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What does it mean for NHSX to be an ‘open source’ organisation?

Posted by: , Posted on: - Categories: Collaboration, Digital services, Skills and culture

Two people looking at code on a computer

NHSX is an open and transparent organisation. We believe that the people who employ us – the public – have a right to see the code we create. They have the right to understand the algorithms we use. They should be able to examine the code for flaws, and be able to suggest improvements.

NHSX uses open-source technology. The NHS benefits from free access to technology and the ability to swap between multiple suppliers.

What is 'open source'?

Computer code is written in a human-readable form. It is then compiled into a machine-readable form.

Source code. $VAT = 20 $Price = 33 $Total = $Price + ($Price*VAT). Compiled binary code.
Which of these is easier to understand? Can you spot the bug?*

Programs are usually distributed in binary code. A human cannot easily understand what the code does, and cannot easily change how the code works.

Open source is the act of publishing the human-readable source code so that anyone can read and understand it. As well as publishing the code, we also give it an open-source licence. This defines what the user can – and cannot – do with the code.

For example, a user is free to modify the code, reuse it and even sell it. But they must not claim we endorse their use and they may have to make their changes open as well.

A full definition is available through the Open Source Initiative.

Code in the open

GDS guidance is that we should code in the open. This means every line of code we write is publicly published – we don’t wait until our project is finished.

Working this way has several advantages:

  • it encourages good practice. When other people can see your work, you tend to raise your game
  • it makes collaboration easier. If code is open, it's easier to work on it with others in the same or different departments
  • external users can help make it better. Open code makes it possible for people who don’t work for you to make improvements to your code
  • other departments can learn from your work. We want to reduce costs throughout government. If another department can reuse our code, that’s a huge cost and time saving
  • it improves transparency of government’s work. When code is developed in the open, you can see where public money goes
  • it clarifies ownership. We want government to own and be able to make changes to its services, and lack of clarity on intellectual property can be a barrier to that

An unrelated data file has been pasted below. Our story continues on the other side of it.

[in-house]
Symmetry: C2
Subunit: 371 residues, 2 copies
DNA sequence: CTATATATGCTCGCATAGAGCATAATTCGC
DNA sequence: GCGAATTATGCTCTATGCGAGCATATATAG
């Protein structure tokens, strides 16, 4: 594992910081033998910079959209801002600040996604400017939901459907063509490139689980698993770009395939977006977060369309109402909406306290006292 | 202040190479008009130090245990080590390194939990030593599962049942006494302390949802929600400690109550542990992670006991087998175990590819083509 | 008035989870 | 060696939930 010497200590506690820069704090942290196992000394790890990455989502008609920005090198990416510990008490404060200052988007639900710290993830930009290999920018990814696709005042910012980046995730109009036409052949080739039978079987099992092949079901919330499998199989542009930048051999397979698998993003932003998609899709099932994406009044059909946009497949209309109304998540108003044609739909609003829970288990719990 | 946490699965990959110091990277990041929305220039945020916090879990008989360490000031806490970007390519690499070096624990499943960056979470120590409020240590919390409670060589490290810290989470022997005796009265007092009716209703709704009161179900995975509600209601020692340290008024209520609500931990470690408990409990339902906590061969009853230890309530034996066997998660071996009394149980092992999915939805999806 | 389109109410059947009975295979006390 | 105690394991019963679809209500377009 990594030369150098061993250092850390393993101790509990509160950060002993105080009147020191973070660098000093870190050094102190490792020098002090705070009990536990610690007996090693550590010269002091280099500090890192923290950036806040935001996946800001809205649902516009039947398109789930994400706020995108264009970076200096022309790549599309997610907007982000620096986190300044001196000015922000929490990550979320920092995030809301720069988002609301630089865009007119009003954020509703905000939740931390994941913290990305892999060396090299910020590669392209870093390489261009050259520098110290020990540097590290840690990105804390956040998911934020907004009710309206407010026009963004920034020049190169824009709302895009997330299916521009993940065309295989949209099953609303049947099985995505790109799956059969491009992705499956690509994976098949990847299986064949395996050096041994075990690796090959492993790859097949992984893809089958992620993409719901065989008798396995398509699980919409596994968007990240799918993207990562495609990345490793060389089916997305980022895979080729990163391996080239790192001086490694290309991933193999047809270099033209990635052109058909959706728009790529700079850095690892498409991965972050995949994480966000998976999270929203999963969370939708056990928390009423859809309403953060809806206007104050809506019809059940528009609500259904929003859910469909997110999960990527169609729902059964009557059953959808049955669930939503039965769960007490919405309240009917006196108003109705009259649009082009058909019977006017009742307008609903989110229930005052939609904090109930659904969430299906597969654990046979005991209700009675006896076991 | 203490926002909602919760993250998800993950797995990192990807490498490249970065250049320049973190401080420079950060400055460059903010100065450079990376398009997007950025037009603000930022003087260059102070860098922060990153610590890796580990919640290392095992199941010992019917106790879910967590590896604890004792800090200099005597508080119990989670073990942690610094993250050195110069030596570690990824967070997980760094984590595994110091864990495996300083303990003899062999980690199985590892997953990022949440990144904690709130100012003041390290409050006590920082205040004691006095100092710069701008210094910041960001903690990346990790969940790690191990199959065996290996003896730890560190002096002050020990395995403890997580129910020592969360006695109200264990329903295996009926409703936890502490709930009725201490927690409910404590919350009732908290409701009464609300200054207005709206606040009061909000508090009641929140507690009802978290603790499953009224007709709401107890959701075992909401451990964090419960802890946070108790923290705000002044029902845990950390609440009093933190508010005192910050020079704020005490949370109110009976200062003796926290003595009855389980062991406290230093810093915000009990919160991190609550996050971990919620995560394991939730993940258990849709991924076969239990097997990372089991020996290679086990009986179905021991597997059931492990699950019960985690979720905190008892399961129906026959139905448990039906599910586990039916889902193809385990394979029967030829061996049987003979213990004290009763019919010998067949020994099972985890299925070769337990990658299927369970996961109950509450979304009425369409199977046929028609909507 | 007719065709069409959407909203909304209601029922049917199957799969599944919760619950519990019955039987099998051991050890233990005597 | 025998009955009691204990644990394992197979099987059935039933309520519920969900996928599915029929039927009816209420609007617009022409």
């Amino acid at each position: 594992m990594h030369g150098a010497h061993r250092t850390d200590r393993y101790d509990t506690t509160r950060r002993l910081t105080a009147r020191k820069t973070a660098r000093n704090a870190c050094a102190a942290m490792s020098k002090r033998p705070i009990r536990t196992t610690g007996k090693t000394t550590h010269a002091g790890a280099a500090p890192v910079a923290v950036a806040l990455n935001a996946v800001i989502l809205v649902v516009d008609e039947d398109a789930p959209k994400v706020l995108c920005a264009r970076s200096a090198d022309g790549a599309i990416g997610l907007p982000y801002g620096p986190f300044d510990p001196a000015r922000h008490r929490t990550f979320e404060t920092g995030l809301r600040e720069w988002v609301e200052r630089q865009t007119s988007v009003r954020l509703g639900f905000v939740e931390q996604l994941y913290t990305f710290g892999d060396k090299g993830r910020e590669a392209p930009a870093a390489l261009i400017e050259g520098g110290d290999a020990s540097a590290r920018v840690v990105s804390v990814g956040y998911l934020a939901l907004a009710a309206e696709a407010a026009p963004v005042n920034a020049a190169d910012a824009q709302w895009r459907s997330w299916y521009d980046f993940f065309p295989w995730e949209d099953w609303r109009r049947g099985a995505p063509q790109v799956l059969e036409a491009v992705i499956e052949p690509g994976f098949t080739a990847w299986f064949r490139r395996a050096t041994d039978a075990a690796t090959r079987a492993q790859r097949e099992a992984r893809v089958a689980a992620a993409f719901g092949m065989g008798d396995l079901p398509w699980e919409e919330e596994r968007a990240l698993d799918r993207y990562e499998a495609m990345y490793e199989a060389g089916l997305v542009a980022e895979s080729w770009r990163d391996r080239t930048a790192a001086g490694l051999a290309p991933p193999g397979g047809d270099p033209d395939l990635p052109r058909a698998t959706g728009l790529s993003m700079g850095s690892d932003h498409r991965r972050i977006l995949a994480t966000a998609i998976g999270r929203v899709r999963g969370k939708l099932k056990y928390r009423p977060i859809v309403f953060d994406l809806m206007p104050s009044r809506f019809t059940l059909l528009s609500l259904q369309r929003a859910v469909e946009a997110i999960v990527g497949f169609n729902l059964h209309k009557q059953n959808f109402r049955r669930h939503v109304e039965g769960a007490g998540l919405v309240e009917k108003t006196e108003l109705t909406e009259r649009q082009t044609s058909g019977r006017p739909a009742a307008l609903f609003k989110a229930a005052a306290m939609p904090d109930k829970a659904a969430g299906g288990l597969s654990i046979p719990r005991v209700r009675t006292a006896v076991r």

• it helps make government technology seamless. People who move between departments share knowledge of projects they were working on, because it’s all open
  • it’s a great recruitment tool. Developers get to see the way we work before they apply for a job here and a public 'portfolio' of a developer’s contributions to important projects is great for attracting talent

What about security risks?

The National Cyber Security Centre (NCSC) has assessed the security risks of coding in the open and does not consider them to be significant. It believes that working in the open encourages good security practices and allows other departments to contribute security patches.

GDS has produced guidance on security considerations.

Several high-profile security organisations, including GCHQ, NCSC and the National Crime Agency, publish open source. If they can do it, so can we!

Reuse open source code

As well as publishing our code in the open, NHSX must also use open-source technology.

For example, WordPress is the software that powers this blog. There are many providers of blogging tools – but WordPress is open source. That means it is free for us to use. We can modify it to meet our needs without having to go through a long and expensive tendering process.

When we want to procure new software, we consider open source along with proprietary products.

Make things open – it makes things better

This isn’t just a nice-to-have, optional extra. Open source is a core strategy for creating better technology, which directly leads to better outcomes in the NHS and social care.  

If we get this right, we save time, effort, money and lives.

*Answer: to work out the tax, the price should be multiplied by 0.2 not 20!

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  1. Comment by belen posted on

    It's great to see public institutions embracing open source. Well done!

    I do have a question, though. A key element of open source is contributing back, i.e. helping the communities that maintain the open source software we use. This is extremely important for the sustainability of open source software. How is NHSX contributing back?

    • Replies to belen>

      Comment by Terence Eden posted on

      Hi Belen,
      Great question. We'll be contributing back in a few way.

      Firstly, we've sponsored the UK Open Source Awards. We hope to get involved in more community events like this - promoting and celebrating open source is a key way to give back.

      As we use more open source components, we will adapt them to our needs. We will, of course, share those changes back upstream. If they're useful, we hope to see them adopted.

      Finally, we'll be encouraging businesses which create open source to bit on NHS projects.

      Thanks for the comment.


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